A message from President Harreld and Provost Fuentes
Part of the reason we ask our students to study history is so they can better contextualize the present. Three months ago, we could not have imagined the situation we find ourselves in. Similarly, in April 2008, we couldn’t have imagined that just two months later our campus would literally be underwater. Many of us were here for that devastating flood, and many were not. But all have taken to heart the lessons the Hawkeye community learned.
The remarkable leadership of President Emerita Sally Mason, former Senior VP for Finance and Operations Doug True, former Provost Wallace Loh, our experts within what is now the Iowa Flood Center, and many others, guided the University of Iowa forward in 2008. They led with patience, grace, steadfastness, and humor, and had an unwavering vision of a campus brought back to life. Combining vision and expertise is what our university is all about, after all.
Now COVID-19 is our challenge, our chapter to write.
Most of us have read the news about colleges and universities deciding to stay virtual through the upcoming fall semester. And like each of you, UI leadership is trying to figure out exactly when it will be safe and appropriate to return to “normal.” Though the future is not set in stone—and we continue to monitor the latest guidance and information about this pandemic—we ARE planning to resume face-to-face instruction this fall.
The situation is, of course, extremely fluid, and the specific steps we will need to implement have yet to be determined. Therefore, we have assembled a team led by the Office of the Provost and embedded within the UI’s Critical Incident Management Team (CIMT). These dedicated individuals, representing every corner of campus, will be working diligently and continuously to outline a plan that will bring us back in August.
The team will follow guidance from UI medical and public health experts, the Iowa Department of Public Health; the Centers for Disease Control and Prevention; and the Board of Regents, State of Iowa. Advice from these organizations, and its implementation by the CIMT, has already allowed us to respond to COVID-19 with rapid and deliberate action. Within 15 days, the UI canceled study abroad programs, repatriated students, moved to virtual instruction, shifted to work-from-home status, and began the process of closing the residence hall system. We are confident that this same team will now provide us with the steps necessary to safely reopen.
The past few weeks have been full of twists and turns, and reopening our campus will likewise bring surprising unknowns. So, we have asked this team to explore various options, keeping our response to unforeseen events flexible while putting our community’s safety at the fore. We must anticipate what we can, but prepare ourselves to react to what we cannot.
As a community, we have already come together to develop a thoughtful strategic plan; created a transparent resource allocation and budgeting process; driven new investments into the core activities of the university; and built a culture of diversity, equity, and inclusion that guides our behaviors in support of our mission. Together, we will see our campus safely brought to life again.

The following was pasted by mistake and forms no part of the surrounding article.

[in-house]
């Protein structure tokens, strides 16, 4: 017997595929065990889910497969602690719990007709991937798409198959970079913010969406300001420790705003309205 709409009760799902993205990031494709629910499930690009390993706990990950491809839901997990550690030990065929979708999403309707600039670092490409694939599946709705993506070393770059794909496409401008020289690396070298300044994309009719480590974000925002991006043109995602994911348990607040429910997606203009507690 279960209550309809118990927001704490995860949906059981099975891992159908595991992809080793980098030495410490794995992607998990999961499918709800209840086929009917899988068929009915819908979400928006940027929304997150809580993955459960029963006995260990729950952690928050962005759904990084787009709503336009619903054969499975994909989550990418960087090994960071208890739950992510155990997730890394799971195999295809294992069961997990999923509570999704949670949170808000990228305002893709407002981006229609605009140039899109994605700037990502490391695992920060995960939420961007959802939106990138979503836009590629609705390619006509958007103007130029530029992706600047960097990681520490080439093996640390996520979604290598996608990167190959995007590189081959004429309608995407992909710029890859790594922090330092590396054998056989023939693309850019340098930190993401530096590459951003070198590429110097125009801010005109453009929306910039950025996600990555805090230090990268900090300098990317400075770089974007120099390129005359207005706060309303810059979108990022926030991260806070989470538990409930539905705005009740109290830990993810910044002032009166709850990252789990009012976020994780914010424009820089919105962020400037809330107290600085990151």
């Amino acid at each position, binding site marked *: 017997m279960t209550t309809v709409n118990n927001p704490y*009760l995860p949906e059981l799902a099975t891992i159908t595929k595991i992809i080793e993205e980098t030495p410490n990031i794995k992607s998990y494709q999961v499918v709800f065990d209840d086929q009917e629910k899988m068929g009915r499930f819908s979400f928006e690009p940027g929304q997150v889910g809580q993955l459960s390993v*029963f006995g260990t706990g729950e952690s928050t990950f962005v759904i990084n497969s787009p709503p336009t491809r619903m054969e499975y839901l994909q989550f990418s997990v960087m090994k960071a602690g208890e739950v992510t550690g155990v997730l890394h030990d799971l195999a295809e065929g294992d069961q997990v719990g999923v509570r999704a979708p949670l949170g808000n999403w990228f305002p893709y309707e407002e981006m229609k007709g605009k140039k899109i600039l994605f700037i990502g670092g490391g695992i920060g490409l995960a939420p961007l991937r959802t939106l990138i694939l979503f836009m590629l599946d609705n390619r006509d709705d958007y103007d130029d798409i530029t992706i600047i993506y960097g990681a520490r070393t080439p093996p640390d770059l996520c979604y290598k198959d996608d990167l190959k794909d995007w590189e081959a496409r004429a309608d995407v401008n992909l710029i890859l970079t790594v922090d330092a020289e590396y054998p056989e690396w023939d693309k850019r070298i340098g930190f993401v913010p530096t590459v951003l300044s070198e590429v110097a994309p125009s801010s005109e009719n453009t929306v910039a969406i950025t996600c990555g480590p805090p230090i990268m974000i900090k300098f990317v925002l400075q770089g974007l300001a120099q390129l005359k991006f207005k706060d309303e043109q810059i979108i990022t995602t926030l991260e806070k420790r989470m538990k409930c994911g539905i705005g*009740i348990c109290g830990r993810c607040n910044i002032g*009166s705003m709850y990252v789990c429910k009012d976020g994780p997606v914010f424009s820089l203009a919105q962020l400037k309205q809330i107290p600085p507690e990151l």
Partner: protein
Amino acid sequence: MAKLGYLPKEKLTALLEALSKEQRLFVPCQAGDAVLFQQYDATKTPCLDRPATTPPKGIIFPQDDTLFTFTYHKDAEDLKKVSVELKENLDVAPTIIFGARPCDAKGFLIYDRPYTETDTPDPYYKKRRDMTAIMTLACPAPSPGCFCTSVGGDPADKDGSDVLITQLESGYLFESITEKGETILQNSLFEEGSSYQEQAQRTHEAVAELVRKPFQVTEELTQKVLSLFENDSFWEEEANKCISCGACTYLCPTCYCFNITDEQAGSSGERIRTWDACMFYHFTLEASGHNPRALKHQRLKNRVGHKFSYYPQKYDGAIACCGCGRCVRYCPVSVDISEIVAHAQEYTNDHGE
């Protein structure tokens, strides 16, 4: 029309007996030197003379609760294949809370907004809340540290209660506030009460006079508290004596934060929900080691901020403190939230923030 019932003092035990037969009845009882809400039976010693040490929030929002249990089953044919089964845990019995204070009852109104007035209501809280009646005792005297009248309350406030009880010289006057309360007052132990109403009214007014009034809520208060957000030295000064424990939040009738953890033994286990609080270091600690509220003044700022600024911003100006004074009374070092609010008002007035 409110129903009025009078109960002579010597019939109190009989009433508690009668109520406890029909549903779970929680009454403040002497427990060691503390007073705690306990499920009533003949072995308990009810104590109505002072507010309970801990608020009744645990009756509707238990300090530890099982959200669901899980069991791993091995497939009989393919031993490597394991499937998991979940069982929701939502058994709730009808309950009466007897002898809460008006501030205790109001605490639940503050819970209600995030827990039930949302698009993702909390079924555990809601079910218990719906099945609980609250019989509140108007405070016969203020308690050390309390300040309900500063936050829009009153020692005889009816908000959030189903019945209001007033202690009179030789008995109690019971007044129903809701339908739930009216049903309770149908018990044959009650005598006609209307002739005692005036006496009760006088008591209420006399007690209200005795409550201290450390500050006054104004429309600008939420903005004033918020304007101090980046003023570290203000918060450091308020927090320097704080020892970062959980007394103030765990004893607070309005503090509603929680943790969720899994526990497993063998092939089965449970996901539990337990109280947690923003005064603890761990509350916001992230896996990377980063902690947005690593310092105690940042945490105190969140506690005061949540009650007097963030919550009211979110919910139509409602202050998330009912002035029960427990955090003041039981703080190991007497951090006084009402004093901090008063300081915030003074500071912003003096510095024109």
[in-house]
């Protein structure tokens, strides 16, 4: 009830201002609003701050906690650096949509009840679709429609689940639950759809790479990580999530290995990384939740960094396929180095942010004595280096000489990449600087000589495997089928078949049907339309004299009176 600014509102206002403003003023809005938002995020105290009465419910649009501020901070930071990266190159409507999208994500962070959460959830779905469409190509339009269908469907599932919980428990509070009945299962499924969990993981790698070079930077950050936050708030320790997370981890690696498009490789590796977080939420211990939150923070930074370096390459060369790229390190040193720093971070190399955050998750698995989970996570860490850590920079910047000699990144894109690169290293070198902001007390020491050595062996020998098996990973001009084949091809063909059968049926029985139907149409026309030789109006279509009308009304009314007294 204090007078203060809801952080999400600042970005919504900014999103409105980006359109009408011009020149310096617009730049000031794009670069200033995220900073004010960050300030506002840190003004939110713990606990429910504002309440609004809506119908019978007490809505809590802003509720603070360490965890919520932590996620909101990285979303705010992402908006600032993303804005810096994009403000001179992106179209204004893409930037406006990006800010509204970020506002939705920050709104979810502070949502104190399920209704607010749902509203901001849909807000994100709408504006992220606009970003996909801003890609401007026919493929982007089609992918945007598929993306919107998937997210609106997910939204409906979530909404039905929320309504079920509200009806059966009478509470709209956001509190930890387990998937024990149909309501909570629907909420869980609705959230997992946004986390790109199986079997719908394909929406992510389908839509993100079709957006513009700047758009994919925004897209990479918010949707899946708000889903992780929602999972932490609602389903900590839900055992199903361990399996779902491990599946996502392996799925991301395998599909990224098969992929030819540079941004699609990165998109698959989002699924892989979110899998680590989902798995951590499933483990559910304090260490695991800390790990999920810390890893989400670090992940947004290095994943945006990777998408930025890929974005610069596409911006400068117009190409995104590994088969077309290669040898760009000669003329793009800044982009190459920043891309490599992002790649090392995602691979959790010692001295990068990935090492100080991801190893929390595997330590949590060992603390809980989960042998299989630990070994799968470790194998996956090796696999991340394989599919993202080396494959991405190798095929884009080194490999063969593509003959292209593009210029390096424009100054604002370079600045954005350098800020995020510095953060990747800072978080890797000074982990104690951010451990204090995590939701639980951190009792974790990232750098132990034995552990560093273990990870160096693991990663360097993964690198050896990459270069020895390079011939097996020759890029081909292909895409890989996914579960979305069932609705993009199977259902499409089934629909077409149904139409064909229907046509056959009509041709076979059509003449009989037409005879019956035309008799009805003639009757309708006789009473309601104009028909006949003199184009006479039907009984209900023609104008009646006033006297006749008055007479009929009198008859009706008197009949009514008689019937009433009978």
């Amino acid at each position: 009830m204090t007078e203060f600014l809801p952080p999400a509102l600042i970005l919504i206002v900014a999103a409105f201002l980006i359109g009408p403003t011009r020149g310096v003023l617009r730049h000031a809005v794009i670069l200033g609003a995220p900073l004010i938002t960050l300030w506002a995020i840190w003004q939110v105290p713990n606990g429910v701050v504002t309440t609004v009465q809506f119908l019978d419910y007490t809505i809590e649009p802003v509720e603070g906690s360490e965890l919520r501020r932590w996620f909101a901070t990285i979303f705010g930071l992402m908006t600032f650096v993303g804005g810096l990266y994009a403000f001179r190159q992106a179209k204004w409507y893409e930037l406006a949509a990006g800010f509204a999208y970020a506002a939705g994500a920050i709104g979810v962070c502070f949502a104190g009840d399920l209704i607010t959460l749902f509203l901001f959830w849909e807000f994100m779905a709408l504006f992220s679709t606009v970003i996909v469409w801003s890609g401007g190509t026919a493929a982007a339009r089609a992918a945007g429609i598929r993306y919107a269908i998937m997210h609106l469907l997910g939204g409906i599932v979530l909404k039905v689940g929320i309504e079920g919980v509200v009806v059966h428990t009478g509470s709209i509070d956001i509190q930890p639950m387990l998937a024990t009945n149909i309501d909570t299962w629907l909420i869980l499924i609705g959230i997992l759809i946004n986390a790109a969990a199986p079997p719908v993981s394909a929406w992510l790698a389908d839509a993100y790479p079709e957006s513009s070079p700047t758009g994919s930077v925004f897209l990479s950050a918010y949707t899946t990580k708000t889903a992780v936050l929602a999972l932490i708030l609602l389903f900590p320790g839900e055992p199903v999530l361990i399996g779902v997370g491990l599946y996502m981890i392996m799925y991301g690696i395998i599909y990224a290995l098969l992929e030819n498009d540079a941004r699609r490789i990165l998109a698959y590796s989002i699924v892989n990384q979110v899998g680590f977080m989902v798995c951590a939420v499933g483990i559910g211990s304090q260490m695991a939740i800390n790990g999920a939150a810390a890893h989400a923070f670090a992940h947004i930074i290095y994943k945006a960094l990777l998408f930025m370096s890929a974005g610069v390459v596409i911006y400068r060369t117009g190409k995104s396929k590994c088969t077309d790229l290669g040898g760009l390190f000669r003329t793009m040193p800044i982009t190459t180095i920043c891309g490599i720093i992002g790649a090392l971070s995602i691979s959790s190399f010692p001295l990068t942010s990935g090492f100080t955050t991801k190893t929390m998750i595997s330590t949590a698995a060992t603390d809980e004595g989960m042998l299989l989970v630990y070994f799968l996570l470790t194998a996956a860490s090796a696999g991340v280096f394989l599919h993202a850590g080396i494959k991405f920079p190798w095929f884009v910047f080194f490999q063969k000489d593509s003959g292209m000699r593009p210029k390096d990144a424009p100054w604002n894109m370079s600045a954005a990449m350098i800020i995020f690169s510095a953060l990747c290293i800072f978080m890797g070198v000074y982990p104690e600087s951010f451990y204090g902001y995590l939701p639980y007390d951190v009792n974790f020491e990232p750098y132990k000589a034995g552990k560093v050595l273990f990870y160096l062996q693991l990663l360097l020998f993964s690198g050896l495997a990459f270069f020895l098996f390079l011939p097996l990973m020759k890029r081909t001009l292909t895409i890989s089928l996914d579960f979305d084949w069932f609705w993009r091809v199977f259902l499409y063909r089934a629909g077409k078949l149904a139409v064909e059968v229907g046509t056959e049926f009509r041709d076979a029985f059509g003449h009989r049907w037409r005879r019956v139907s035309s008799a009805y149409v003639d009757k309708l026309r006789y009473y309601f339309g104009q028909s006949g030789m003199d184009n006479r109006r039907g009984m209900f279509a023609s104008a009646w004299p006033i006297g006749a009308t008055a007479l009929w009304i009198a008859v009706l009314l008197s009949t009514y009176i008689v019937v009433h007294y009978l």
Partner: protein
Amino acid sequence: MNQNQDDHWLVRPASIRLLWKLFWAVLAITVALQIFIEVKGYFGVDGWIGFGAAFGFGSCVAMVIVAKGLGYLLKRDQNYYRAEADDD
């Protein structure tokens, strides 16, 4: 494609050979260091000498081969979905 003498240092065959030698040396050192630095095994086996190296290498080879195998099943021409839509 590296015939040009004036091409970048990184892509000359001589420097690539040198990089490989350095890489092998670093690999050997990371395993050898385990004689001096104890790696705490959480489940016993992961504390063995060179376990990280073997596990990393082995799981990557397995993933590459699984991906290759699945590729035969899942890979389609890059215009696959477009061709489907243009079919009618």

In an otherwise dark hour, one thing is quite clear: Hawkeyes take care of one another.
Thank you for all you are doing to help us through these very trying times.
Now, let’s look to the future. We will come out of this crisis stronger than we were before.
J. Bruce Harreld, UI president
Montserrat Fuentes, UI executive vice president and provost
TIAA retirement plan changes due to CARES Act
Many members of our community are facing unexpected financial challenges and may be reconsidering their retirement plans and funds as a result. The university has chosen to adopt provisions of the Coronavirus Aid, Relief, and Economic Security (CARES) Act, creating new options for staff and faculty participating in the university’s TIAA 403(b) retirement plan.
- Waived Penalties: For those eligible, the 10% early withdrawal penalty and 20% withholding are waived for qualified distributions from retirement plan accounts.
- Increased loan limits: The maximum limit on retirement plan loans has increased from $50,000 to $100,000.
- RMD suspension: Individuals may choose to cancel their 2020 required minimum distribution (RMD) payments and restart them in 2021.
Office of the Ombudsperson available to help with concerns related to COVID-19
The Office of the Ombudsperson is operating remotely but remains available to help all UI faculty, staff, and students with concerns or conflicts, including issues related to COVID-19 such as health and safety concerns; challenges of working, learning, and teaching remotely; and interpersonal issues exacerbated by stress.
Contact the ombuds office when you don’t know how to begin addressing an issue, when you have tried and failed to resolve a problem, and/or when the situation is very sensitive. All services are confidential, neutral, and informal. No problem is too big or too small.
Pan Asian Council issues Statement on COVID-19
The COVID-19 pandemic has instilled social and economic anxiety as it manifests hot spots of infection across the nation. The Pan Asian Council (PAC) recognizes that as fears and tensions rise around the global pandemic, so too does anti-Asian discrimination fester in our communities. Dedicated to addressing and advocating for the diverse needs of the numerous Asian, Asian American, Pacific Islander, Native Hawaiian, Pacific Indigenous communities at the University of Iowa, we acknowledge that racist sentiments have directly affected our members. We condemn anti-Asian bigotry and unequivocally reject the prescribing or associating of a nationality to the virus and disease. Read the full statement and option to sign in solidarity here.
Learn more on the Pan Asian Council website: https://pac.org.uiowa.edu/.